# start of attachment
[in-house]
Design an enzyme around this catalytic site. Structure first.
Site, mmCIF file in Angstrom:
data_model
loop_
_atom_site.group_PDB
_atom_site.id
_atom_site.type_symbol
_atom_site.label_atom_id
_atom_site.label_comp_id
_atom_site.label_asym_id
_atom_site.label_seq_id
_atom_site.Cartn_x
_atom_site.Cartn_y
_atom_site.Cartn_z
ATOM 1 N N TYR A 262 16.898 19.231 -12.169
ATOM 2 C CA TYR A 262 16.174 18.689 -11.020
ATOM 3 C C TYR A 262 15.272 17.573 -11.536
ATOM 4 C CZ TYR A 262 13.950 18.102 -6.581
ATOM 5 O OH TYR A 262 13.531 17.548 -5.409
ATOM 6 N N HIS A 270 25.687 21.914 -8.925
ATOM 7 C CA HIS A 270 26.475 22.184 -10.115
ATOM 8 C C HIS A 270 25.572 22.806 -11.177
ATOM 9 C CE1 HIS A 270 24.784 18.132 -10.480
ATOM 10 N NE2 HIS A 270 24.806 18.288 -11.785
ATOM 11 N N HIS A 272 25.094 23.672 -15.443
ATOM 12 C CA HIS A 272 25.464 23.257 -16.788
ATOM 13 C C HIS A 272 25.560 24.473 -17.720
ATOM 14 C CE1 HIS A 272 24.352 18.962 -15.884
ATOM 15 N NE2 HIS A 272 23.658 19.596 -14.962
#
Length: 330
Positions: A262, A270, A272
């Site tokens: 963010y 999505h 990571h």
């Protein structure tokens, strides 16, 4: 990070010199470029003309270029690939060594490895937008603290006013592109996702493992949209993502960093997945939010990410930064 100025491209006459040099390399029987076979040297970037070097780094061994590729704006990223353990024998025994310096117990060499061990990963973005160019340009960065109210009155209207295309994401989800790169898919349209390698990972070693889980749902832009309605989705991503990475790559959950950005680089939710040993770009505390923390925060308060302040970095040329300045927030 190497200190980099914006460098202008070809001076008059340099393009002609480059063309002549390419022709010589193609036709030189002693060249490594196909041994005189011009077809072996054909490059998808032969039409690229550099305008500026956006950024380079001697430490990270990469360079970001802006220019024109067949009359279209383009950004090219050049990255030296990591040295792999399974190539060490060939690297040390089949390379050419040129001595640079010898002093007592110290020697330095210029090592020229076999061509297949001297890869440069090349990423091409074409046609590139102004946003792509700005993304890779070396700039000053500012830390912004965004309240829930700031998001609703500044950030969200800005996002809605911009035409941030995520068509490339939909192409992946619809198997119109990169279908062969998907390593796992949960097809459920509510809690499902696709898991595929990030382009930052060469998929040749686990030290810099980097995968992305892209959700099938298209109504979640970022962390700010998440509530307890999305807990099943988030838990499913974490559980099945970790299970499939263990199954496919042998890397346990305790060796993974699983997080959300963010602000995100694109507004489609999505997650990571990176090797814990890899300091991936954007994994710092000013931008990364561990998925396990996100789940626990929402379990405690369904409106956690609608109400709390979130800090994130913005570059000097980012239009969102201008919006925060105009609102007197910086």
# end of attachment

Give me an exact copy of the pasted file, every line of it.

[in-house]
Design an enzyme around this catalytic site. Structure first.
Site, mmCIF file in Angstrom:
data_model
loop_
_atom_site.group_PDB
_atom_site.id
_atom_site.type_symbol
_atom_site.label_atom_id
_atom_site.label_comp_id
_atom_site.label_asym_id
_atom_site.label_seq_id
_atom_site.Cartn_x
_atom_site.Cartn_y
_atom_site.Cartn_z
ATOM 1 N N TYR A 262 16.898 19.231 -12.169
ATOM 2 C CA TYR A 262 16.174 18.689 -11.020
ATOM 3 C C TYR A 262 15.272 17.573 -11.536
ATOM 4 C CZ TYR A 262 13.950 18.102 -6.581
ATOM 5 O OH TYR A 262 13.531 17.548 -5.409
ATOM 6 N N HIS A 270 25.687 21.914 -8.925
ATOM 7 C CA HIS A 270 26.475 22.184 -10.115
ATOM 8 C C HIS A 270 25.572 22.806 -11.177
ATOM 9 C CE1 HIS A 270 24.784 18.132 -10.480
ATOM 10 N NE2 HIS A 270 24.806 18.288 -11.785
ATOM 11 N N HIS A 272 25.094 23.672 -15.443
ATOM 12 C CA HIS A 272 25.464 23.257 -16.788
ATOM 13 C C HIS A 272 25.560 24.473 -17.720
ATOM 14 C CE1 HIS A 272 24.352 18.962 -15.884
ATOM 15 N NE2 HIS A 272 23.658 19.596 -14.962
#
Length: 330
Positions: A262, A270, A272
């Site tokens: 963010y 999505h 990571h």
């Protein structure tokens, strides 16, 4: 990070010199470029003309270029690939060594490895937008603290006013592109996702493992949209993502960093997945939010990410930064 100025491209006459040099390399029987076979040297970037070097780094061994590729704006990223353990024998025994310096117990060499061990990963973005160019340009960065109210009155209207295309994401989800790169898919349209390698990972070693889980749902832009309605989705991503990475790559959950950005680089939710040993770009505390923390925060308060302040970095040329300045927030 190497200190980099914006460098202008070809001076008059340099393009002609480059063309002549390419022709010589193609036709030189002693060249490594196909041994005189011009077809072996054909490059998808032969039409690229550099305008500026956006950024380079001697430490990270990469360079970001802006220019024109067949009359279209383009950004090219050049990255030296990591040295792999399974190539060490060939690297040390089949390379050419040129001595640079010898002093007592110290020697330095210029090592020229076999061509297949001297890869440069090349990423091409074409046609590139102004946003792509700005993304890779070396700039000053500012830390912004965004309240829930700031998001609703500044950030969200800005996002809605911009035409941030995520068509490339939909192409992946619809198997119109990169279908062969998907390593796992949960097809459920509510809690499902696709898991595929990030382009930052060469998929040749686990030290810099980097995968992305892209959700099938298209109504979640970022962390700010998440509530307890999305807990099943988030838990499913974490559980099945970790299970499939263990199954496919042998890397346990305790060796993974699983997080959300963010602000995100694109507004489609999505997650990571990176090797814990890899300091991936954007994994710092000013931008990364561990998925396990996100789940626990929402379990405690369904409106956690609608109400709390979130800090994130913005570059000097980012239009969102201008919006925060105009609102007197910086």